This circus is straight out of Stern’s tactical plan — new guy in town doesn’t just challenge his rival; he goes straight to the nuclear option. Innes also stirred up trouble at his own station. Word got back to Innes that Gargano, who was then still at WIP, had told Bloom that Innes wouldn’t succeed in Philadelphia. How can a guy talk Philly sports if he never saw an Allen Iverson crossover or sat in the Spectrum? So Innes began to mock Gargano and his persona as “the Cuz” — an affable South Philly backslapper who’ll buy you a drink and talk Iggles — on the air. Gargano was not amused. One day at the studio, he stood nearly nose-to-nose with Innes, assuring the newcomer he heard all the shit-talking. Not long after, unhappy with his contract and the direction of the station, Gargano left WIP and joined The Fanatic. Now Innes does an unflattering impression of the Cuz with a bad Italian accent and a cringe-worthy “hot sports take” of the day. (Gargano also declined to speak for this story.)

“Polarizing” is the first word Gavin Spittle, Innes’s boss in Houston, uses to describe his protégé, and this brand of radio — aggressive, freewheeling, edgy, with frequent detours all over the pop-culture map — isn’t what we’re used to hearing. At least, not in a while. When WIP (then 610 AM) became the city’s first all-sports station in the late 1980s, hosts like Tom Brookshier, Angelo Cataldi and Tony Bruno often veered off into “guy talk,” something Cataldi turned into a low art form with the creation of Wing Bowl. In an ironic twist, back in 2003, Missanelli was part of a new format on WYSP dubbed “Rock & Jock,” a combination of sports chatter and music that’s not far removed from what Innes is now doing. That experiment failed miserably, since Missanelli wasn’t comfortable introducing Red Hot Chili Peppers songs and his funny sidekicks weren’t funny. Innes is no innovator — something he admits repeatedly — but his combination of Cataldi’s breadth of topics, Howard Eskin’s willingness to challenge callers and Howard Stern’s shamelessness and quick wit is unique here.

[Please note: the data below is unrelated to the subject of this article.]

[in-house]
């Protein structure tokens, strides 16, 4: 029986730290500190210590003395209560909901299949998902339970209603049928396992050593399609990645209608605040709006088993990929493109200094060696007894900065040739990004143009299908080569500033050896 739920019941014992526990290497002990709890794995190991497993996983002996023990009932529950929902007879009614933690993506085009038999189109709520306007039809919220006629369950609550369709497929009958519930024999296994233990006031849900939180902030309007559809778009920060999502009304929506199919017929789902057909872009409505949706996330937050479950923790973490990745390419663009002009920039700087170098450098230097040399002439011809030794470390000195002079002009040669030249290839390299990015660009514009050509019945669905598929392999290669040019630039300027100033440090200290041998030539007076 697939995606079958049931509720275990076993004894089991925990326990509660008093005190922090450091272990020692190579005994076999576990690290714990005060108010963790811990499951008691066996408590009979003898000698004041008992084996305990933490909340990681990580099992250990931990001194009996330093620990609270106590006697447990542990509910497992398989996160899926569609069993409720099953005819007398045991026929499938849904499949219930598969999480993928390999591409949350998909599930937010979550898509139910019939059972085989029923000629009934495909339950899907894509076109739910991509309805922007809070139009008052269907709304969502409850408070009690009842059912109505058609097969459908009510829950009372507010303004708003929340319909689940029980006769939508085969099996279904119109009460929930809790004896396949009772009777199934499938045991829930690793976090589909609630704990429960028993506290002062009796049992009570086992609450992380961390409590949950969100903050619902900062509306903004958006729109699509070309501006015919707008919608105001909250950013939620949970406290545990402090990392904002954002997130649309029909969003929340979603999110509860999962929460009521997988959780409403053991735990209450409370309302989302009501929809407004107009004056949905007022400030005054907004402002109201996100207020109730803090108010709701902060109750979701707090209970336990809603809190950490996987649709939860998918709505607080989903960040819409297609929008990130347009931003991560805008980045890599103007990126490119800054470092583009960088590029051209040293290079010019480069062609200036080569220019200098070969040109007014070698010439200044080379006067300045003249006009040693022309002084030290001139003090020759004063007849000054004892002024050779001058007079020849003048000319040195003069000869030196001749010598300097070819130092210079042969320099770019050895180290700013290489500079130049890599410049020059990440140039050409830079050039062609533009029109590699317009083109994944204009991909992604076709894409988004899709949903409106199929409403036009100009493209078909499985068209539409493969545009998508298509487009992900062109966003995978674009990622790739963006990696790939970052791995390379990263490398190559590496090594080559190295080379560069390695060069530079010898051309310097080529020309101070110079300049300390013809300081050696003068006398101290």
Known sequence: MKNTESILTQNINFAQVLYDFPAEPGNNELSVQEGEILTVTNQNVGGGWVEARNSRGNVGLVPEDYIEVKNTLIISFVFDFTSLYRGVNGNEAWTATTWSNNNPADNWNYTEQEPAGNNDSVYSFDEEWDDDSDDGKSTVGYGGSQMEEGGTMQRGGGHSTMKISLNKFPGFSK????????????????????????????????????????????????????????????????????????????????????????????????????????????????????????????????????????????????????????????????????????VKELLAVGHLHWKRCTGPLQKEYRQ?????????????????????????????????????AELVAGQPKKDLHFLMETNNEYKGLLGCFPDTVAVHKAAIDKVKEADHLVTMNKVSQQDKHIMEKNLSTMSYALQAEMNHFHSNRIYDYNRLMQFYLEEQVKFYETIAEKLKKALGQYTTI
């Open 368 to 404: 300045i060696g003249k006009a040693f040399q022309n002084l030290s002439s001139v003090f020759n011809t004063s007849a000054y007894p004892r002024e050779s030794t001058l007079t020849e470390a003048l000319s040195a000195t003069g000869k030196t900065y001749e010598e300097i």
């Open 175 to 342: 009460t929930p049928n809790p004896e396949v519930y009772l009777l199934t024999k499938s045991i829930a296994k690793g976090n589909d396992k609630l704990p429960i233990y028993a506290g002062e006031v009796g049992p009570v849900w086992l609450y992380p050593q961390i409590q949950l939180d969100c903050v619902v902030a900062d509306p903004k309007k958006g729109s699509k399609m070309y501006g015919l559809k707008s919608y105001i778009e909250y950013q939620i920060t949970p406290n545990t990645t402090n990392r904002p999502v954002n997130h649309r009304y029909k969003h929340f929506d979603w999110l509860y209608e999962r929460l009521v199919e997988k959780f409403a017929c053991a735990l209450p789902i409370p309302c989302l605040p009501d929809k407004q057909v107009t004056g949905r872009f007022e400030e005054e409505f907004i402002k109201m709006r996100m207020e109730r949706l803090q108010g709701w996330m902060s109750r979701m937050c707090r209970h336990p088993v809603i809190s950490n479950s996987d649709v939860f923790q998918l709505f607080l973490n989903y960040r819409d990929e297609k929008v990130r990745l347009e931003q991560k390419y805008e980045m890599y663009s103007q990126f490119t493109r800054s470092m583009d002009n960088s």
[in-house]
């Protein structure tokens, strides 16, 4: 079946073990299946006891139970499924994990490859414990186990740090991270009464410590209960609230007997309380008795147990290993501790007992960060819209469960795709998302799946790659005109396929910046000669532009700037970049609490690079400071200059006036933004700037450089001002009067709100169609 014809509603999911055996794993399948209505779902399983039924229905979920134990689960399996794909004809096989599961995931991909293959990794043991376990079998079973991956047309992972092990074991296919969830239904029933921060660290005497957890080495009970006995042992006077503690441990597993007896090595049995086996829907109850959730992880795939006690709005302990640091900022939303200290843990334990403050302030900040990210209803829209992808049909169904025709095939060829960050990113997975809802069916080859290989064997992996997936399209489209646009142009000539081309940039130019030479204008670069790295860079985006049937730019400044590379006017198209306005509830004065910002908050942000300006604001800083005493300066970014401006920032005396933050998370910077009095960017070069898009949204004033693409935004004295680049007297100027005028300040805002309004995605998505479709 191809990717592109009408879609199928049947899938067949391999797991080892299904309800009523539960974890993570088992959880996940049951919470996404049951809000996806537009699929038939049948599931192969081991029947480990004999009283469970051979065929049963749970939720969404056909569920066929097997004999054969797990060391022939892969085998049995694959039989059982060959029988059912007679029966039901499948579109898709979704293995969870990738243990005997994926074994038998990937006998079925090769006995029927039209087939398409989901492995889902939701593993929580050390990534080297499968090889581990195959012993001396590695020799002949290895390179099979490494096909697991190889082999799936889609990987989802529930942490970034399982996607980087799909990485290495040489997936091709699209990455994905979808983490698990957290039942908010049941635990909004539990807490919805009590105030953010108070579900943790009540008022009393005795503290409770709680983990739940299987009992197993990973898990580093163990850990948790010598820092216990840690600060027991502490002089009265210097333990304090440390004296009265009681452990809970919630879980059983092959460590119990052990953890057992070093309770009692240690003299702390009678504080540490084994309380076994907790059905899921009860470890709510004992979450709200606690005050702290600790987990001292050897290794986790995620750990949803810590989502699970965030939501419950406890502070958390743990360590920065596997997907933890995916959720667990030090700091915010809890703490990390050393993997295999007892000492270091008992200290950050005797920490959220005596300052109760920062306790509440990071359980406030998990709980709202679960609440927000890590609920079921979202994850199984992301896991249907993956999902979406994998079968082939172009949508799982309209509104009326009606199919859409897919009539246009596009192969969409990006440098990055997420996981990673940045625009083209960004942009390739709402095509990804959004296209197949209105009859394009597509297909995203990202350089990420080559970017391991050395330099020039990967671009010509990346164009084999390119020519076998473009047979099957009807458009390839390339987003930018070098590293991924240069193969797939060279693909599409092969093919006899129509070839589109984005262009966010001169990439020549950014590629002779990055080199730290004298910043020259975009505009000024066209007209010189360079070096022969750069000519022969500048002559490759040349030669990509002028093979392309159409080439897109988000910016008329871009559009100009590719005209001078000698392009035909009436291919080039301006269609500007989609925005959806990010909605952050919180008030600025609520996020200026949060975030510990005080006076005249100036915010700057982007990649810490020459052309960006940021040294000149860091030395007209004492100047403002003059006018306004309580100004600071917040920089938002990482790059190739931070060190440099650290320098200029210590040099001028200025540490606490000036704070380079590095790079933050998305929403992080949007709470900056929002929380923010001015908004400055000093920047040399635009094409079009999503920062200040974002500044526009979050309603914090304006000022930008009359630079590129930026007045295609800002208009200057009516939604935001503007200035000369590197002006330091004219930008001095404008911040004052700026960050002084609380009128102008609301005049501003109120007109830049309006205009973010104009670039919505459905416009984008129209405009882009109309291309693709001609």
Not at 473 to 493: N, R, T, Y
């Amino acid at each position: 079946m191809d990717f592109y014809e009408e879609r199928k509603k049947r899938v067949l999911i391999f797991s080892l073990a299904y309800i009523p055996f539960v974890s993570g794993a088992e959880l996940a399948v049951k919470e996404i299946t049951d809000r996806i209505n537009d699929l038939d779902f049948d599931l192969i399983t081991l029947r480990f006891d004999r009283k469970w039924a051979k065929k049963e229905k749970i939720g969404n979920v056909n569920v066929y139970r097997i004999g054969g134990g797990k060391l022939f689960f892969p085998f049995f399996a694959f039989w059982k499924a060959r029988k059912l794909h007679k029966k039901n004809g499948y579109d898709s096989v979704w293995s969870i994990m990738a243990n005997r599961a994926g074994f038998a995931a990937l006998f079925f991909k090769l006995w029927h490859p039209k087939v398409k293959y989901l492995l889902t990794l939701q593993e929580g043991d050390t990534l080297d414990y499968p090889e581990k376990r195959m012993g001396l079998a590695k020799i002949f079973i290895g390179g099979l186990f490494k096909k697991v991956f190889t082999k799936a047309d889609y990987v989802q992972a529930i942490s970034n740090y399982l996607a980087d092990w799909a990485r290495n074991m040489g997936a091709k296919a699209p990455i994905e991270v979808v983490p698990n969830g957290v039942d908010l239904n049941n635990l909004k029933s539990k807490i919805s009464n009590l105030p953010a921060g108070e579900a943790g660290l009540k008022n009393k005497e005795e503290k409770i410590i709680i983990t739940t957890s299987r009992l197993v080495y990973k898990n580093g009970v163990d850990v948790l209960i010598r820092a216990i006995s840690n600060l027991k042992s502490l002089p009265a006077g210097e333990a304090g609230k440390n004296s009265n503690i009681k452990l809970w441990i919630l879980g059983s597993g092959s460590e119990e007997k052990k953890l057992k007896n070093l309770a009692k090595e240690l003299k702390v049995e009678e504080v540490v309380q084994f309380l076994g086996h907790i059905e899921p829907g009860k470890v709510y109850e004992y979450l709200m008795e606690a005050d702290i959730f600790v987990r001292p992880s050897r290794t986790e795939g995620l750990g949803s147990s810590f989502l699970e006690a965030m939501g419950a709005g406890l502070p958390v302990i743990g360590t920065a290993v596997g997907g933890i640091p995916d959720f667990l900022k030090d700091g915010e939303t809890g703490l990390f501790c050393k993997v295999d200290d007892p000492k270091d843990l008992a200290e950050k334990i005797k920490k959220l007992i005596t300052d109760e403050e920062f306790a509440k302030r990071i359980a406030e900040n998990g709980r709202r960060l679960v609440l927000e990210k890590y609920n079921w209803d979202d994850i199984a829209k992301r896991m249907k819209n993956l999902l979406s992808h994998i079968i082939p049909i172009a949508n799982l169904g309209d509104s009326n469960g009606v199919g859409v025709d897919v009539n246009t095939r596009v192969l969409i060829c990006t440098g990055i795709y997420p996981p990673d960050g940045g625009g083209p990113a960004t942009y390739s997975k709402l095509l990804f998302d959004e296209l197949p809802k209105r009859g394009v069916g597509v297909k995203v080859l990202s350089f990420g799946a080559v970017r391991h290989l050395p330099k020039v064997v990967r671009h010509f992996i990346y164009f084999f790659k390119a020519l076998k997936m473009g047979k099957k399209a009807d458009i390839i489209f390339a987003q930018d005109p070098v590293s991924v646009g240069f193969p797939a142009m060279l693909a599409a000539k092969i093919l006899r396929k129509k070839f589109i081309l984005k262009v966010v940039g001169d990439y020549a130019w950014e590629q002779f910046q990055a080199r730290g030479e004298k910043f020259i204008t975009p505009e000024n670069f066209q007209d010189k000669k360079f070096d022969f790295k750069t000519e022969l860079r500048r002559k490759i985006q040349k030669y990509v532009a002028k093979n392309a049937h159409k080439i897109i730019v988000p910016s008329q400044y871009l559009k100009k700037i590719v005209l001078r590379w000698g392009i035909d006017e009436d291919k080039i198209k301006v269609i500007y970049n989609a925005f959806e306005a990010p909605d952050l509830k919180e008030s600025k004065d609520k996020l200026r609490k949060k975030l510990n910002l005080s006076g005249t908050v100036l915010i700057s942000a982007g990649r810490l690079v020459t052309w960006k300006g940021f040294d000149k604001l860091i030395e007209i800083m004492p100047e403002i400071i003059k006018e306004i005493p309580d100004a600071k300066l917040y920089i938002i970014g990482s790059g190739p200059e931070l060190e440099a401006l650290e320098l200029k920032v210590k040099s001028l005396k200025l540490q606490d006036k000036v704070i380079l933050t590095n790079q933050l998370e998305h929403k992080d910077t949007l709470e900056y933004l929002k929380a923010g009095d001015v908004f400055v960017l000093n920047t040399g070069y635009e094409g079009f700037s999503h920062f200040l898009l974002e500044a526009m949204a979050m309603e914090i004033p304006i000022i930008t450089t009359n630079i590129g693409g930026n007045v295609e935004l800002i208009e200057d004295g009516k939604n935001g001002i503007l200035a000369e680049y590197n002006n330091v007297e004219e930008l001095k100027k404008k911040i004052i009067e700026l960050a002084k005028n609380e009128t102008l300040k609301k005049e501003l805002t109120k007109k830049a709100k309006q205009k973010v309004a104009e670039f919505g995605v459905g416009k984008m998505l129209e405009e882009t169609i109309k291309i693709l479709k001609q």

Those traits add up to an alpha dog who sucks the air out of a room, which is problematic for some who’ve tried to share a mic with Innes. In Houston, he was paired with Rich Lord, who’d been with the station since the ’90s. When Lord didn’t approve of Innes’s antics — giving out Houston Rockets tickets to homeless people, for example — he’d say so on their show. Innes claims Lord threatened to punch him twice, once on the air and once off. “I just thought he was lazy,” Innes says of his former co-host. “When people get away with it because they have a name in a market, it pisses me off.” (You’re sensing a theme here. Lord didn’t return calls for comment.) Innes wanted out, but CBS Radio, which owns KILT and WIP, didn’t want to reward an “insubordinate,” as Innes describes their perception of him, with a new gig. Bloom, seeing Innes was on the trading block, snatched him away. “He’s the next generation of sports-talk radio,” Bloom says. “He’s shaken the market up. I don’t think that’s debatable.”